Library Open Repository
Managing Murray-Darling Basin livestock systems in a variable and changing climate: challenges and opportunities
Crimp, SJ and Stokes, B and Howden, S and Moore, A and Jacobs, B and Brown, P and Ash, A and Kokic, P and Leith, PB (2010) Managing Murray-Darling Basin livestock systems in a variable and changing climate: challenges and opportunities. The Rangeland Journal, 32 (3). pp. 293-304. ISSN 1036-9872
Rangeland_Journ...pdf | Request a copy
Full text restricted
Available under University of Tasmania Standard License.
The key biophysical impacts associated with projected climate change in the Murray–Darling Basin (MDB) include: declines in pasture productivity, reduced forage quality, livestock heat stress, greater problems with some pests and weeds, more frequent droughts, more intense rainfall events, and greater risks of soil degradation. The most arid and least productive rangelands in theMDBregion may be the most severely impacted by climate change, while the more productive eastern and northern grazing lands in theMDBmay provide some opportunities for slight increases in production. In order to continue to thrive in the future, livestock industries need to anticipate these changes, prepare for uncertainty, and develop adaptation strategies now. While climate change will have direct effects on livestock, the dominant influences on grazing enterprises in the MDB will be through changes in plant growth and the timing, quantity and quality of forage availability. Climate change will involve a complex mix of responses to rising atmospheric carbon dioxide levels, rising temperatures, changes in rainfall and other weather factors, and broader issues related to how people collectively and individually respond to these changes. Enhancing the ability of individuals to respond to a changing climate will occur through building adaptive capacity. We have, via secondary data, selected from the Australian Agricultural and Grazing Industries Survey, built a national composite index of generic adaptive capacity of rural households. This approach expresses adaptive capacity as an emergent property of the diverse forms of human, social, natural, physical and financial capital from which livelihoods are derived. Human capital was rated as ‘high’ across the majority of theMDBcompared with the rest of Australia, while social, physical and financial capital were rated as ‘moderate’ to ‘low’. The resultant measure of adaptive capacity, made up of the five capitals, was ‘low’ in the northern and central-west regions of the MDB and higher in the central and eastern parts possibly indicating a greater propensity to adapt to climate change in these regions.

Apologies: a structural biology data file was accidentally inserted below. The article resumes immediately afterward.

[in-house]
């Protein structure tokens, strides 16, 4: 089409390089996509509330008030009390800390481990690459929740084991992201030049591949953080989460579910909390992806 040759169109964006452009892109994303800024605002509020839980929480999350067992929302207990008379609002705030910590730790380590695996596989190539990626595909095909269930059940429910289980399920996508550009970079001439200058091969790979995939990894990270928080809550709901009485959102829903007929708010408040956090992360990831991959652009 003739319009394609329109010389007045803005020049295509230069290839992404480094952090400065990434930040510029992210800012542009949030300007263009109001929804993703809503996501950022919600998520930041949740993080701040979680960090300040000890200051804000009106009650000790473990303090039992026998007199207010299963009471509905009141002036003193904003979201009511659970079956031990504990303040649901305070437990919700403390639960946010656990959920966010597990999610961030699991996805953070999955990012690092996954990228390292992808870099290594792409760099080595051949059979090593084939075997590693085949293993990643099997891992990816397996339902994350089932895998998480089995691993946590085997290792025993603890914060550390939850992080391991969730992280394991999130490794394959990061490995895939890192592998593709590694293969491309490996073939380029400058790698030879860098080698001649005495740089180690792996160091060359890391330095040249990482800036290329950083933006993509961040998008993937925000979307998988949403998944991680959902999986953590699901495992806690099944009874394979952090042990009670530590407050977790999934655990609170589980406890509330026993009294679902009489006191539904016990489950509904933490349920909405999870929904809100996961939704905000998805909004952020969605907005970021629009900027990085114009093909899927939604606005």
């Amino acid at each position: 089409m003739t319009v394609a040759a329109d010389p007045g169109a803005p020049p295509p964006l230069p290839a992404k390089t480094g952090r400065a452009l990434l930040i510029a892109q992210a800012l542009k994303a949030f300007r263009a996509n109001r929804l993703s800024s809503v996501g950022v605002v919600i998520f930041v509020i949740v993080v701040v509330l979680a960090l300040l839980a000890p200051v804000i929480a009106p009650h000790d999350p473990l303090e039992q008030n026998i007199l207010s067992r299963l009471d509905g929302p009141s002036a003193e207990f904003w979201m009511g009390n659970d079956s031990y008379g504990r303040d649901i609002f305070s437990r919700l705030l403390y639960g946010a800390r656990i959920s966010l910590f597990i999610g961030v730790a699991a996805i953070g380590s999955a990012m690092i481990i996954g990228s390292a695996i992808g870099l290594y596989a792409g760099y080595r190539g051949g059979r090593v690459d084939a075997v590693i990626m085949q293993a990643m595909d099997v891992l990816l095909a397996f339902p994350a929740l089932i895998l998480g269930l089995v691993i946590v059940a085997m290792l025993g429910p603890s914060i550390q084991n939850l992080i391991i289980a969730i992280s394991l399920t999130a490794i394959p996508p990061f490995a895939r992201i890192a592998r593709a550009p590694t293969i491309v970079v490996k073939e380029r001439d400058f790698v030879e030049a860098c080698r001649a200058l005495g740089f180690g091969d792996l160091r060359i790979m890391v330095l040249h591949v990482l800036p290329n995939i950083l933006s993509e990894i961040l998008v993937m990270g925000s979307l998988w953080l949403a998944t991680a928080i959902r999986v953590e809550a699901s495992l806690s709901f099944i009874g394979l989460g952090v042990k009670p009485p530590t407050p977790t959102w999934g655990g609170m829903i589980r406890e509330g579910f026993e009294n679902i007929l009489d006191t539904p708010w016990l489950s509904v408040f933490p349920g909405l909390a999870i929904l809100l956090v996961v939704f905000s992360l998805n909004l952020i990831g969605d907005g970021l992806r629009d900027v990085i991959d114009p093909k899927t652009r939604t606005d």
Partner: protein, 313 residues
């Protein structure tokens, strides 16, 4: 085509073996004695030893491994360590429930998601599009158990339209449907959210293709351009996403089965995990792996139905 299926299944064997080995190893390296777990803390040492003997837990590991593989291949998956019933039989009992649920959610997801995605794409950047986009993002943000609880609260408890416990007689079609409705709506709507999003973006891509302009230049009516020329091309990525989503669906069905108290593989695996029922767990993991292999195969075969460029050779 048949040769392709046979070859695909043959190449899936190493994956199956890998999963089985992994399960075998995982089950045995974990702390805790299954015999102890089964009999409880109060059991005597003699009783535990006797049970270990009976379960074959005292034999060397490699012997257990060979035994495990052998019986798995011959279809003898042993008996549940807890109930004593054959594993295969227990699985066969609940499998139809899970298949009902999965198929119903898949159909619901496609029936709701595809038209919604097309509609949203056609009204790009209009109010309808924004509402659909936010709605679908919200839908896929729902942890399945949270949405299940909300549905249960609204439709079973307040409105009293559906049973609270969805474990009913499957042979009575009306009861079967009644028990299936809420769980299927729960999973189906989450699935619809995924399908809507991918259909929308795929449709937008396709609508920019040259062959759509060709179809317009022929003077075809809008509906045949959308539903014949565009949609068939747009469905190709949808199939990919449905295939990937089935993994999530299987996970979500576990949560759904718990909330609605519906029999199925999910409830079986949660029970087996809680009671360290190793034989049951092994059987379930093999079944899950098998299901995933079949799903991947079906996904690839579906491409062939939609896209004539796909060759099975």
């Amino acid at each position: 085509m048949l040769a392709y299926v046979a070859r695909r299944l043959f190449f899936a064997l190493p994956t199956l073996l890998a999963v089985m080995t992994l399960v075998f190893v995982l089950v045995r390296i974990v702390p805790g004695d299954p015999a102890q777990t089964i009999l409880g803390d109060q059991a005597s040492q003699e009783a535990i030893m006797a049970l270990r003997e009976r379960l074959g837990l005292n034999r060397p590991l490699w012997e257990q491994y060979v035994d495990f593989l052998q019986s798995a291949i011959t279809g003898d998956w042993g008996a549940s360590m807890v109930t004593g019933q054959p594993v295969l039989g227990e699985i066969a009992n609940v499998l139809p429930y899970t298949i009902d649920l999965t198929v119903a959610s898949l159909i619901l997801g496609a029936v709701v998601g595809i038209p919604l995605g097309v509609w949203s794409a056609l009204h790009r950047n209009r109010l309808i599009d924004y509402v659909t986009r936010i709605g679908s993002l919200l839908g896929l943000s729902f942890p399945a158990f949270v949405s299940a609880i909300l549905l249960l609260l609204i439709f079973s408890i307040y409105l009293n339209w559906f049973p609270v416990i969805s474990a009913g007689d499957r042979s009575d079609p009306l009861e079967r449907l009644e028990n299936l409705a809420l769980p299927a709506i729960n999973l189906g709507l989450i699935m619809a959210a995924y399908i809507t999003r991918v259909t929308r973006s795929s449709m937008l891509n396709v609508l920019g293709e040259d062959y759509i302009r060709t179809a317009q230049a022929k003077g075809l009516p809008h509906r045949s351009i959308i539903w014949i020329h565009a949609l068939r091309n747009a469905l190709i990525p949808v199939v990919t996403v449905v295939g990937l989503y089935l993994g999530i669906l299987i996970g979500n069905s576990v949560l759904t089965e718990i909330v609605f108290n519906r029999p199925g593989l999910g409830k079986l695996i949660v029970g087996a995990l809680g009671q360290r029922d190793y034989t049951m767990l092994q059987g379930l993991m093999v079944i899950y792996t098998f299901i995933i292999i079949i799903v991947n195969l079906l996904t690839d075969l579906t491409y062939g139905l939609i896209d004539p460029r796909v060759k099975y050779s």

|Journal or Publication Title:||The Rangeland Journal|
|Page Range:||pp. 293-304|
|Identification Number - DOI:||10.1071/RJ10039|
|Date Deposited:||22 Dec 2010 05:03|
|Last Modified:||18 Nov 2014 04:15|
|Item Statistics:||View statistics for this item|
Repository Staff Only (login required)
|Item Control Page|